Reply to post: Re: Nate Amsden containers are the future

Now listen, Gartner – virtualisation and containers ARE different

Nate Amsden Silver badge

Re: Nate Amsden containers are the future

I know you get it, but hopefully management types don't get confused and think they need containers to deploy micro services, when micro services deploy just fine in VMs.

My first round of micro services 8 years ago were on physical hardware(in production), each micro service ran it's own instance of apache on a different port(Ruby on rails at the time, ugh, hello hype bandwagon again) and talked through the load balancers to the other services.

I'll elaborate a bit on my usage of containers since it may be non standard and perhaps the information could help someone. A long time ago in a galaxy not too far away our software deployment model to production was deemed to have two "farms" of servers, so we would deploy to one "farm" and switch over to it. In the early days we were in a public cloud so the concept is we "build" the farm, deploy to it, switch to it and destroy the other farm. Reality didn't happen that way and both farms just stayed up all the time. In the time when we may need more capacity we activate both farms.

After six months or so we migrated to our own hosted infrastructure, where the cost of running two farms wasn't a big deal, because the inactive farm isn't consuming resources it really doesn't cost much of anything to maintain(grand scheme of things).

Our main e-commerce platform is a commercial product we license and it is licensed based on the number of servers you have (regardless of VM or physical or container, or number of CPUs or sockets etc). One server = 1 license. This application is CPU hungry. The license costs are not too cheap ($15k/server/year). For a while we ran this application in production on VMware, this worked fine though it wanted ever increasing amounts of CPU..

In order to scale more cost effectively I decided early last year to switch to physical servers, but I wanted to have the same ability of having two "farms" to switch back and forth. Originally I thought of just having one OS and two sets of directories, but configuration was much more complicated and would be different from every other environment we have. Another option was use a hypervisor (with only two VMs on the host). That seemed kind of wasteful. Then the idea of containers hit me.. it turned out to be a great solution.

The containers by themselves have complete access to the underlying hardware, all the CPU, and memory (though I do have LXC memory limits in place, CPU was more of a concern). Only one container is active at any given time and has full access to the underlying CPU. If a host goes down that is OK, there are two other hosts (and only one host of the 3 is required for operation). Saved a lot by not licensing vSphere(little point with basically 1 container or VM active at any given time), saved complexity in not using any other hypervisor nobody in the company has experience with, and it's pretty simple. The new hosts I calculated had 400% more CPU horsepower than our existing VMs configuration(with both "farms" active). Today these physical servers typically run at under 5% cpu(highest I have seen is 25% outside of application malfunction which I saw 100% on a couple occasions). I don't mind "wasting" CPU resources on them because the architecture deployed paid for itself pretty quickly in saved licensing costs, and allows enormous capacity to burst into if required.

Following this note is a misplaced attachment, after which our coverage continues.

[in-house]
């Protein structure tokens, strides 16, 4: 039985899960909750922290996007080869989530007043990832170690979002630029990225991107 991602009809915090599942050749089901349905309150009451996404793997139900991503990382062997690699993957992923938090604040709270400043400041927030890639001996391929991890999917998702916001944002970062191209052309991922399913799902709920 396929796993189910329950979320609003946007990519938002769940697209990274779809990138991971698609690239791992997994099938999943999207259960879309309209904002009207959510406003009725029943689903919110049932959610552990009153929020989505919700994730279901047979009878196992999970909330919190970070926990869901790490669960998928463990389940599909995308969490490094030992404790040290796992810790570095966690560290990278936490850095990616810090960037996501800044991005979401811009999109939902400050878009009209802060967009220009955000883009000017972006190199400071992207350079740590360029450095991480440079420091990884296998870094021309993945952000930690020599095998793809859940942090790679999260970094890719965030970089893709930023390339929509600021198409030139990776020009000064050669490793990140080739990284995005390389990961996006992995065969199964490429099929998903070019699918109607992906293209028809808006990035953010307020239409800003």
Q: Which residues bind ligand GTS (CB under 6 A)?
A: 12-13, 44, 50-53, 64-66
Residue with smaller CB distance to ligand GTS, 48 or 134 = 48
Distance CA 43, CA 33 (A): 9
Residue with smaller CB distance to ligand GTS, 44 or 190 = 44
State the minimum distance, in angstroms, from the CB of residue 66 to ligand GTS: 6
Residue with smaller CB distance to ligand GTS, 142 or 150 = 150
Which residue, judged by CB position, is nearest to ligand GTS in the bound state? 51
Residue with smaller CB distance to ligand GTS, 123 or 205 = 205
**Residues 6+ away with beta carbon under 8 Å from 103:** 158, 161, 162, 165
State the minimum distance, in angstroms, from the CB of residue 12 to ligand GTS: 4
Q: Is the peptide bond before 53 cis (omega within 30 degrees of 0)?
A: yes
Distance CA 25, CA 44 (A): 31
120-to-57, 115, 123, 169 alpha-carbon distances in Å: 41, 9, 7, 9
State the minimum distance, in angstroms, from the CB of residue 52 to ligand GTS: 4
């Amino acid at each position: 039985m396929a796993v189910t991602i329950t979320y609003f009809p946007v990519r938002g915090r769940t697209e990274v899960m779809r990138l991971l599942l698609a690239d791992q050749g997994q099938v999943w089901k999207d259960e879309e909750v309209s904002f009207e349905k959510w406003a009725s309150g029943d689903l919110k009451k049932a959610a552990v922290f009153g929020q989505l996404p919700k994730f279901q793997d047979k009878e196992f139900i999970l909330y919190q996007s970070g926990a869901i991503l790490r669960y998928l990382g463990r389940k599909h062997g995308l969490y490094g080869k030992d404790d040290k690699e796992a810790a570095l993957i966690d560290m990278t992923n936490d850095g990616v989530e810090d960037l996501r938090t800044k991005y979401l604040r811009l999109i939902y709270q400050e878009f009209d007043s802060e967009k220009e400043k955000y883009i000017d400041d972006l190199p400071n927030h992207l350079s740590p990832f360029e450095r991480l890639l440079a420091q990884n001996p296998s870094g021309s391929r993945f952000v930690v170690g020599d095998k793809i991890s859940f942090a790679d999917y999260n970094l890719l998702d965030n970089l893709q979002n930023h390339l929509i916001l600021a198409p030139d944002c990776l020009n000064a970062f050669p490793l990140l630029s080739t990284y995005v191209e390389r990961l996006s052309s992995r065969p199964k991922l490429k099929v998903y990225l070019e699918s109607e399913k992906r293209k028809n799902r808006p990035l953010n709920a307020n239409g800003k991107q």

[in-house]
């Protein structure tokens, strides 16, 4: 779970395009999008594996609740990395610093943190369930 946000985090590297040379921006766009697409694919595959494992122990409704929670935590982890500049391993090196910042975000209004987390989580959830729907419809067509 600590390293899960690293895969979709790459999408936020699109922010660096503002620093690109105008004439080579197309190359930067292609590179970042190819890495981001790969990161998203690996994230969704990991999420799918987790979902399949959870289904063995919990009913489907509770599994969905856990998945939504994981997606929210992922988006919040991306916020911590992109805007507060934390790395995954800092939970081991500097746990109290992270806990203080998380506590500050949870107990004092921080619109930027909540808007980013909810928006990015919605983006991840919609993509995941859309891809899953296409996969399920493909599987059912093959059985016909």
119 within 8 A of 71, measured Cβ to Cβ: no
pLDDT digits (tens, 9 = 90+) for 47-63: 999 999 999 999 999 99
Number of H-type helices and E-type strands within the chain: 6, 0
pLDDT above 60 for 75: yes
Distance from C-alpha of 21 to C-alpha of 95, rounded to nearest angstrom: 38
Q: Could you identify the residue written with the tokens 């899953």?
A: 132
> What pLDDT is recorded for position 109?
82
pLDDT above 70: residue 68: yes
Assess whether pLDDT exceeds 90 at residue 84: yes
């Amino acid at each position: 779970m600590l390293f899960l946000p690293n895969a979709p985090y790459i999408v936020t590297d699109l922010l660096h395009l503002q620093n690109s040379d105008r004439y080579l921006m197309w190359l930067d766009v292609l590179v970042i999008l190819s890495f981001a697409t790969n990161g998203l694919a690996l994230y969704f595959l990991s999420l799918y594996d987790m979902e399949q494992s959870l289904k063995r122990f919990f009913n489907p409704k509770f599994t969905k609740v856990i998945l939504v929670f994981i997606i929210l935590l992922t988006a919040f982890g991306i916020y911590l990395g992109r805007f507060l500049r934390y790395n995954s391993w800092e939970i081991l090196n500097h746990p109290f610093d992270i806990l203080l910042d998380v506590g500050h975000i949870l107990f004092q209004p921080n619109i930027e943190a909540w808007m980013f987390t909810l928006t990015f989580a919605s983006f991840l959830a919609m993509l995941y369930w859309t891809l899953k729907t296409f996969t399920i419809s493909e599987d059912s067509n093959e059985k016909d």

I don't care about mobility for this specific app because it is just a web server. I wouldn't put a database server, or memcache server etc on these container hosts.

Headaches I find with LXC on Ubuntu 12.04 (not sure if other implementations are better) include:

- Not being able to see accurate CPU usage for a container (all I can see is host CPU usage)

- Not getting accurate memory info in the container (container shows host memory regardless of container limits)

- Process list is really complicated on the host (e.g. multiple postfix processes, lots of apache processes, default tools don't say what is a container or what is local on the "main" host OS)

- autofs for NFS does not work in a container (kernel issue) - this one is really annoying

- unable to have multiple routing tables on the container host without perhaps incredibly complex kernel routing rules (e..g container1 lives in VLAN 1, container 2 lives in VLAN2, different IP space, different gateway - when I looked into this last year it did not seem feasible)

I believe all of the above are kernel-level issues, but I could be wrong.

All of those are deal breakers for me for any larger scale container deployment. I can target very specific applications, but in general the container hosts are too limiting in functionality to make them suitable for replacing the VMware systems.

Obviously things like vmotion and things are a requirement for larger scale usage as well, while most of our production applications are fully redundant, I also have about 300 VMs for pre production environments, most of which are single points of failure(because not many people need redundancy in DEV and QA - our immediate pre production environment is fully redundant, well at least to the extent that production is), and it would be difficult to co-ordinate downtime to do simple things like host maintenance across 30-50+ systems on a given host.

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